Digitally mapping the customer journey
International retailers with an ambition to crack the Chinese market are experimenting with futuristic retail concepts at a Shanghai-based innovation lab called The Explorium.
The Explorium was opened in September 2015 in Shanghai by the Fung Group, a Hong Kong-based multinational, in partnership with data and analytics technology provider, IBM, and brand activation company, Pico.
It is located within more than 23,000sqm of trade exhibition space at LiFung Plaza, where it provides a controlled setting for businesses to observe and explore in real time how consumers interact with new technologies, products and environments.
“It looks like a shopping mall, but it’s not,” said Simeon Piasecki, Explorium lab director.
The experiments aim to test how technology can enhance the retail environment and how a bricks and mortar store can drive customers to an e-commerce site.
Within the Explorium, Toys ‘R’ Us has created a game where the kids and parents play together, at the end of each level they scan a QR code. After collecting a certain number of QR codes, they can redeem them for an online voucher – effectively converting a customer into an online customer.
Shoe retailer, Stride Rite, is trialling an instore game to encourage children to try on shoes. The child has to mimic dance moves on a screen, but can only take part in the game while wearing a pair of shoes from the store. At the end of the game, each child receives a, “fabulous score” which they can post online.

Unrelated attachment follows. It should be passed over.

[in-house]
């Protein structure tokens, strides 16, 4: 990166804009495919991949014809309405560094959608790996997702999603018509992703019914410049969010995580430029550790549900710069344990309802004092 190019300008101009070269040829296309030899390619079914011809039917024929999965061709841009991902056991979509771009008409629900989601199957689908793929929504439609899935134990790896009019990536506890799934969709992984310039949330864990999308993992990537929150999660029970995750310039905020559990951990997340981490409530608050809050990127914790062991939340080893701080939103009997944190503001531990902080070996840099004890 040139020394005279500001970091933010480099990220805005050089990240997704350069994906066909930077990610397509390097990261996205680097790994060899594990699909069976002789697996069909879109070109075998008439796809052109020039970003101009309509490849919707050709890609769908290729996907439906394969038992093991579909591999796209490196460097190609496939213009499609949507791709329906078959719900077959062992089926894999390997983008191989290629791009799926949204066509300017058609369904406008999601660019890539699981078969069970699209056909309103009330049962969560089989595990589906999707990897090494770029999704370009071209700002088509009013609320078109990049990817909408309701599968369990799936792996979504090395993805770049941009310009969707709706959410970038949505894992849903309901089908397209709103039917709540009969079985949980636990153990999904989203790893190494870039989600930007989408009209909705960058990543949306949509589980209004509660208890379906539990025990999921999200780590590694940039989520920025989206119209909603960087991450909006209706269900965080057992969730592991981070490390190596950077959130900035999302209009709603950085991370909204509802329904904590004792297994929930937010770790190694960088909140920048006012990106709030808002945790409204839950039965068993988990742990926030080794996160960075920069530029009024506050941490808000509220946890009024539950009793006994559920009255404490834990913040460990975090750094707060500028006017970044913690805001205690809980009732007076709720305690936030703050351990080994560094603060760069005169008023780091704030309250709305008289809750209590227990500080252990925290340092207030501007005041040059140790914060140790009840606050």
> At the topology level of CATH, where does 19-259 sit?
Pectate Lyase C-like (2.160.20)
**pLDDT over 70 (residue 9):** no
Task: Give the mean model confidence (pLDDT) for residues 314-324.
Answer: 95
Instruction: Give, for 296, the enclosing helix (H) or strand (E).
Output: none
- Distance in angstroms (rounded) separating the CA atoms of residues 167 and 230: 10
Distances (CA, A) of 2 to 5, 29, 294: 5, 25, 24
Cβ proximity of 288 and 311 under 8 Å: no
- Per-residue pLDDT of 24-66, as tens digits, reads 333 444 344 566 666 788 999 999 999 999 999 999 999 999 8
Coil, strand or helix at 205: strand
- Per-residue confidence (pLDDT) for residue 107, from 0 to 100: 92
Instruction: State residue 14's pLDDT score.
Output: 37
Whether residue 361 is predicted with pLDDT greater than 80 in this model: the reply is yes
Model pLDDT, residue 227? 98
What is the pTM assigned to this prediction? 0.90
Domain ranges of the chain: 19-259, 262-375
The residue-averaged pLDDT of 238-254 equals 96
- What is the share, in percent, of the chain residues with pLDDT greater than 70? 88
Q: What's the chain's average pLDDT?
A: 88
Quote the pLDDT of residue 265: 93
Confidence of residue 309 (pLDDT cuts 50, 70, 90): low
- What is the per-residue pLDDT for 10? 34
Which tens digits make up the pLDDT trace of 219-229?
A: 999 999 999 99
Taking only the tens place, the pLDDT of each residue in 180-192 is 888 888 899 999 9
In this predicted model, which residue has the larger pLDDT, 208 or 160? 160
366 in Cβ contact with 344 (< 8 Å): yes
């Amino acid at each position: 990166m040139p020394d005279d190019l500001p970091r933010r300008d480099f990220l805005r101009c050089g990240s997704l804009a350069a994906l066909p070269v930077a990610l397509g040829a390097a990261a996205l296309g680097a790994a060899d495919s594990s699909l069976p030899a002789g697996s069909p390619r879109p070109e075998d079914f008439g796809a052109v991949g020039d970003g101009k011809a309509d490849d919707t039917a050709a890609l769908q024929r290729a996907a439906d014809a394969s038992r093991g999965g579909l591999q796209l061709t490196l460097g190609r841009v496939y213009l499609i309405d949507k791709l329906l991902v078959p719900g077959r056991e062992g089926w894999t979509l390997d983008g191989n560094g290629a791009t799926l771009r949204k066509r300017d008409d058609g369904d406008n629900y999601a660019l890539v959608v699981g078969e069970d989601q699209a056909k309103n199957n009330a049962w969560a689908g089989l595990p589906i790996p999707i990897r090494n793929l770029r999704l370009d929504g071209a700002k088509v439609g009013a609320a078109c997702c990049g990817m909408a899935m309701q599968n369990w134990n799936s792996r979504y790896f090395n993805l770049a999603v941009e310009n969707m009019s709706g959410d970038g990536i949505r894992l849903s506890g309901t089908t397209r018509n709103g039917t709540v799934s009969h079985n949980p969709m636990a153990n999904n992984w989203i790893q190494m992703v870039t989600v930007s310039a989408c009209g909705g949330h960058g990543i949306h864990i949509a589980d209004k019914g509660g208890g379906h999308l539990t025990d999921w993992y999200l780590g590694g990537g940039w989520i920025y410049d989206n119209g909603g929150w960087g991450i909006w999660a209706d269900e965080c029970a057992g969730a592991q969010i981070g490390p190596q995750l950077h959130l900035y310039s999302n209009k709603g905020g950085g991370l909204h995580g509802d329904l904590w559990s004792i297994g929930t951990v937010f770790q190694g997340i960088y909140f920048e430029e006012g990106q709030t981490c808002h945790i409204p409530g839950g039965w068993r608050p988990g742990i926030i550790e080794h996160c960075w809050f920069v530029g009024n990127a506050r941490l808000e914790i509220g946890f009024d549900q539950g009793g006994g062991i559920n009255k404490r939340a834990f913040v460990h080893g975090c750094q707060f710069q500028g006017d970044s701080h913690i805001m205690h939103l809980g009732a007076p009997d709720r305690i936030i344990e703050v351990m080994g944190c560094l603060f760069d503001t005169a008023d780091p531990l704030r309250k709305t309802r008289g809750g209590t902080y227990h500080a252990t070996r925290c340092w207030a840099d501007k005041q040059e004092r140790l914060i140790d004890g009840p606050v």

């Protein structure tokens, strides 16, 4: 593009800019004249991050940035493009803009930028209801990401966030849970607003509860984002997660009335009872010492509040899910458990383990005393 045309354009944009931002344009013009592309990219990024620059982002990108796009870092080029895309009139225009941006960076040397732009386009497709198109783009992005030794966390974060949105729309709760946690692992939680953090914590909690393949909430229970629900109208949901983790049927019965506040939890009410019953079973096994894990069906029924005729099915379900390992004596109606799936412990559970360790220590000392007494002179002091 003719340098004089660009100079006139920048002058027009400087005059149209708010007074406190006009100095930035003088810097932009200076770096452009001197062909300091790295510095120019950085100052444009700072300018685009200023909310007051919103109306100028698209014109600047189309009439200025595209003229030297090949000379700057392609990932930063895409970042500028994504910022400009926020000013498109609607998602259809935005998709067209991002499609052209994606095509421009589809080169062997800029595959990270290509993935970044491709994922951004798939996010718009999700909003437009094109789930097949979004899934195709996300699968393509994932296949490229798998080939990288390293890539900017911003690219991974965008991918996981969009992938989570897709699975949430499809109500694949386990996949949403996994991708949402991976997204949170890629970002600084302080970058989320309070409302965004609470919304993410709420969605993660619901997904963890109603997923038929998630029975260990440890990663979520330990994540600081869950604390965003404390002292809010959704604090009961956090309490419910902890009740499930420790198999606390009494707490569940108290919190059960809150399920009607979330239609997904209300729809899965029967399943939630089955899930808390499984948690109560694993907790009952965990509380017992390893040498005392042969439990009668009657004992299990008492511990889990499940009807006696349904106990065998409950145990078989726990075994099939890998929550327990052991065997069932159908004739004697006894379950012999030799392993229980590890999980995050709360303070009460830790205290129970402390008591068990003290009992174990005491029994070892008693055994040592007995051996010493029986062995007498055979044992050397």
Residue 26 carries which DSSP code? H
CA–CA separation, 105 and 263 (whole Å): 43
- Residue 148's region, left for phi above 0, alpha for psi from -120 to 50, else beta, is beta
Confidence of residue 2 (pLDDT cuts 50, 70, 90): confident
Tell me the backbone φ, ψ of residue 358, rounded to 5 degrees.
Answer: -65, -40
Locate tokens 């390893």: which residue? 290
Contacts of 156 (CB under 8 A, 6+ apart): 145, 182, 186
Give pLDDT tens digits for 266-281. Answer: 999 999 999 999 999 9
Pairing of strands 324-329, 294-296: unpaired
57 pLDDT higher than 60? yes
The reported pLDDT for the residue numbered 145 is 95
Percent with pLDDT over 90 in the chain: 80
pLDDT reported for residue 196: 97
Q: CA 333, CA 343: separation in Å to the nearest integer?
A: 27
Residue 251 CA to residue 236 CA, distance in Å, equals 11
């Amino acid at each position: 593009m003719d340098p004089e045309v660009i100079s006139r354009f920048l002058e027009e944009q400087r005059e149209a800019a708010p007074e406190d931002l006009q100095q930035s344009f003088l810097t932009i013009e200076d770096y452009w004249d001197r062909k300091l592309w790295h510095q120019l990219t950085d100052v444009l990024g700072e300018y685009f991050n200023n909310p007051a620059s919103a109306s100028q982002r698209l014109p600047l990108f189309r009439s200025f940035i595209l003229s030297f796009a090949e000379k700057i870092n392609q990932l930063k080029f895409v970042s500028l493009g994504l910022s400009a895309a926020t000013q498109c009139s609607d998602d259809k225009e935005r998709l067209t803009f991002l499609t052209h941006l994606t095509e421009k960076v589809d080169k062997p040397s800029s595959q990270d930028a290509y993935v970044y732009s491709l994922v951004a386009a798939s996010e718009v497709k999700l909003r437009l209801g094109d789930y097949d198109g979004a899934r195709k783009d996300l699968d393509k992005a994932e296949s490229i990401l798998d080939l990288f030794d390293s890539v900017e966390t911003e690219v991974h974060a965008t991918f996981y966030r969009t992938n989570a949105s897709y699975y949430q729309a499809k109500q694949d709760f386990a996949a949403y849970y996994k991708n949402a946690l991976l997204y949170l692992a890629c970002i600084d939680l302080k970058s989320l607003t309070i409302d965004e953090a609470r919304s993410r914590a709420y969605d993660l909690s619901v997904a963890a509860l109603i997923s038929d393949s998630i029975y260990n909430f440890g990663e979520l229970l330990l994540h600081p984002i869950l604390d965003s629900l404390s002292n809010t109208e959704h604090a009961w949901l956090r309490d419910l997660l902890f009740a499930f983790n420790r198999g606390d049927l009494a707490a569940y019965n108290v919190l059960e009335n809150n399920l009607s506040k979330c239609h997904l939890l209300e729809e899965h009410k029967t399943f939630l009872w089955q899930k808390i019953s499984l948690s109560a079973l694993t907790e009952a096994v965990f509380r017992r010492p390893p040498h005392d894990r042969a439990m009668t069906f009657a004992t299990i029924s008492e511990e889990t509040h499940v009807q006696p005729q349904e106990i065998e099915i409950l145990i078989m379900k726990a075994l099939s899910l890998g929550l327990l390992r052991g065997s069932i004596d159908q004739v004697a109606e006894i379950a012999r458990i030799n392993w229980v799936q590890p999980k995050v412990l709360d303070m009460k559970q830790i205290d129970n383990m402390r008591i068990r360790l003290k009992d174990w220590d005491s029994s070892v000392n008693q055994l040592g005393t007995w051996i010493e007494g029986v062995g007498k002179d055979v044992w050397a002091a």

“We know that increases the conversation rate, we know that increases dwell time. You can take the score and post it on your own social media, so we get a lot of brand reach as well,” Piasecki said.
The Explorium, which doesn’t spend marketing through traditional channels, started with 3000 participants and grew to more than 25,000 within three months thanks to social media sharing.
When they are arrive at the Explorium, visitors are tracked via a wristband and a network of beacons.
“What we are very interested in learning is how do families stay together [and] disperse – how do they react through the consumer journey,” Piasecki explained.
“We have lots of assumptions about how families work together as a unit when they shop. Here, we are able to actually see it through the technology.”
Although the lab is specifically to test concepts in the Chinese market, Piasecki believes the experiments could have global influence.
“Arguably, with the explosion of retail technology in China, we think this will have global application. This is very much about helping brands experiment to understand the future of retail as we would describe it.
“Arguably the Shanghai consumer is probably going to be one of the most developed and challenging consumers in the world, simply because of the technology that they have access to. In Shanghai, over 90 per cent of people have a smartphone; on that smartphone are dozens of shopping apps, dozens of opportunities to share.”
This article was originally published in Inside Retail’s February magazine, click here to subscribe.